anyway. since the arguments against more gun control fall to pieces when anyone with half an interest in the topic engages on it, the only point gun owners are left to make is that the bill of rights protects their unhindered right to bear arms. no matter how many innocent people die. and so the nra and its minions refuse even to explore the effectiveness of gun control measures against mass shootings.

but why? what kind of crippling fucking nostalgia are we suffering from? are we that incapable of understanding how flawed the founders were? that their work should be updated and repaired. they were a bunch of old white dudes doing their best. and they did a pretty good job. but there's plenty more work to do.

not to mention, wtf kind of amendment is the second one anyway? the only amendment that (1) protects a particular group of people (gun owners) rather than people generally, and (2) provides a reason for its inclusion in the bill of rights in the actual text of the amendment itself. have you ever read the second amendment? here. go for it. right here.

"a well regulated militia, being necessary to the security of a free state, the right of the people to keep and bear arms, shall not be infringed". 

(super happy that jefferson was as into lowercase as i am.)

anyway. read it again. "a well regulated militia, being necessary to the security of a free state, the right of the people to keep and bear arms, shall not be infringed." think about that. this says that because a well-regulated militia is necessary to the security of our state, the right of people to bear arms shall not be infringed. does this seem like the blanket grant of a right to bear arms at all times and in all circumstances to all citizens? to me, it seems clear that the framers were thinking about their militias. equivalent to our armies. and the protection of the state against foreign enemies. or, shit, even local enemies. but nowhere does it require individuals to be free to purchase assault rifles.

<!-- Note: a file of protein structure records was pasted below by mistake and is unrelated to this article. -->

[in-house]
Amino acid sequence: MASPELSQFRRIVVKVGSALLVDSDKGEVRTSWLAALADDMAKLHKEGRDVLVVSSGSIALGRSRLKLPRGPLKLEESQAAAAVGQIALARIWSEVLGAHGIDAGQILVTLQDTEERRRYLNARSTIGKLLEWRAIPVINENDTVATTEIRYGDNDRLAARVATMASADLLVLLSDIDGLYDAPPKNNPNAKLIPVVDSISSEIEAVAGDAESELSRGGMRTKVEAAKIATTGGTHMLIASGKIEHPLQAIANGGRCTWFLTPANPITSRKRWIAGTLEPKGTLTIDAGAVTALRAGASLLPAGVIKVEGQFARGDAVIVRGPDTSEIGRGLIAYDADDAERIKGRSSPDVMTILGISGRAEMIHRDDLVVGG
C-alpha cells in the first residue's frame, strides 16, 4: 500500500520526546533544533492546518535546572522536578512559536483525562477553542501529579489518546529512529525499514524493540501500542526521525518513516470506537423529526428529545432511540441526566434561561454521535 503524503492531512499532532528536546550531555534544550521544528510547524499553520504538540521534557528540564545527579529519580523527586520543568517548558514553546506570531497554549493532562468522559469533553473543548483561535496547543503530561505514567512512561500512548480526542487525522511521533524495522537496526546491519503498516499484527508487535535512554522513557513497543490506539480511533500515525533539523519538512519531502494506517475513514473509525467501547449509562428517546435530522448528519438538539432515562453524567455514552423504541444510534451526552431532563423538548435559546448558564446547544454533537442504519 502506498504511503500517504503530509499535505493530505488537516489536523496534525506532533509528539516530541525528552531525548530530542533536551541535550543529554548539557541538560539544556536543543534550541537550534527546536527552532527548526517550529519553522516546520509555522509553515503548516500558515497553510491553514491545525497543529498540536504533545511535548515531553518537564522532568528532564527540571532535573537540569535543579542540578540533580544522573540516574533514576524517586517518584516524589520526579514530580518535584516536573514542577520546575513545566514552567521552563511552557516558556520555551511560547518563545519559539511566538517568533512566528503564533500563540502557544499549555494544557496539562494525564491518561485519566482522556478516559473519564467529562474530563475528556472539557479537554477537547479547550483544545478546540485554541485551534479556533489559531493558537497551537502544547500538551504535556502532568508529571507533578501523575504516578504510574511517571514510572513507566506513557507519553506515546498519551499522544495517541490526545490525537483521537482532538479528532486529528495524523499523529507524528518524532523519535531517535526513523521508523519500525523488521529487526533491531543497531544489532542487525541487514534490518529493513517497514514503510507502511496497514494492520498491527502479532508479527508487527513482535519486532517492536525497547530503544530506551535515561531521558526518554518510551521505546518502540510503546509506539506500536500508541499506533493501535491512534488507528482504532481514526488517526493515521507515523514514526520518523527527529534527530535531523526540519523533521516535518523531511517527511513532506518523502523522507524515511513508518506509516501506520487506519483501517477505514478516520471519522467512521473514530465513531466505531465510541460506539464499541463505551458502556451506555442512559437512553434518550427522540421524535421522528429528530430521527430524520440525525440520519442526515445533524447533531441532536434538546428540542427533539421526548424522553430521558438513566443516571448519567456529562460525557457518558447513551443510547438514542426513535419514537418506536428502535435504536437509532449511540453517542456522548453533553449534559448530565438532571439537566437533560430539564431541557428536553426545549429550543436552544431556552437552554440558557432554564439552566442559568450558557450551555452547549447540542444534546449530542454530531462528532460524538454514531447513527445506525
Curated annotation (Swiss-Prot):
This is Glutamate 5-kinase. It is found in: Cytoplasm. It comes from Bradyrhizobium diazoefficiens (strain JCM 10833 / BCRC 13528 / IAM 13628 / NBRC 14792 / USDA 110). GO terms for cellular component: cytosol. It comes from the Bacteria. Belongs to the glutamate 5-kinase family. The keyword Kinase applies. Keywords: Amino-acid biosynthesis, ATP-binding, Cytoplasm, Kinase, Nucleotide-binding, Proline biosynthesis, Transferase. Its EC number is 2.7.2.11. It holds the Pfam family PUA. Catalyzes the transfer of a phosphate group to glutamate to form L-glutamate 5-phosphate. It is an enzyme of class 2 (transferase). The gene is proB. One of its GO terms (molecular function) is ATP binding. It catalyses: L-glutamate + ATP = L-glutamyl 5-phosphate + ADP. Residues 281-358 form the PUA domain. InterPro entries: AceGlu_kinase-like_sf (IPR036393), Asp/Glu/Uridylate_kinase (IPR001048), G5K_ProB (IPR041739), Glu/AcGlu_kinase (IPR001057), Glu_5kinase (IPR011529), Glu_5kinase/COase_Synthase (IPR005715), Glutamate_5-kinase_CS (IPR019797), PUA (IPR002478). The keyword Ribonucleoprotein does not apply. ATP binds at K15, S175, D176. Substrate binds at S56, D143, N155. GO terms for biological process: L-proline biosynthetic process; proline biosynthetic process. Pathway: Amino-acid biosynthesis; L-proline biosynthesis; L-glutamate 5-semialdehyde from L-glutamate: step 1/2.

what if we weren't so damn nostalgic about the men who founded our country? what if we acknowledged the good shit, and admitted the bad shit? i mean: less than 1/3 of this country owns guns. so why are sensible gun policies impossible to pass? i can only assume we too easily succomb to nostalgia about america. about our plenty radical and special and imperfect country. and the bill of rights and the framers and the second amendment all remind us of america. no matter how familiar we are with the text of the amendment itself. or with its history.

this is not the  best of all possible scenarios. 

out in illinois \ 23 feb 18 /

the prairie path.

remember the first time you rode your bike on a bike path? it rained and rained and rained the night before. and you were all bummed cuz you were off pre-school the next day and you had big plans to play outside and ride the path in the morning and you hadn't yet figured out that if it was raining at 6pm that didn't mean it would be raining at 9am the next day. and so of course the sun followed the rain the following day and you got on your schwinn predator and your ma put your sister in the child carrier on the back of her bike and you took off down the block to the big old bike path. but when you got there, it was flooded from the night before. and you tried to ride through the flood against your ma's wishes but you got stuck halfway through and started walking back and a snake grazed your foot and that scared the fuck out of you so you got back up on your bike and pedaled instead of walking through the flood-puddle and then you and your 80s bike crew rode through town to your aunt's house.

bike paths remind us of the suburbs. and naperville, though we've only been there once or twice, strikes us as the platonic ideal of the suburbs. it also seems oddly representative of the word "illinois". and it's super odd still that there's an amendment to the bill of rights that's about such a specific group of people in gun owners? and the gun lobby tends to respond to arguments about more gun control by shouting about how "no child's life is as important as my second amendment rights!" jk they don't actually shout that. but wayne lapierre, the head sorta-man over at the nra, all but does. right? the worst of the men standing in the way of a shift in the gun culture.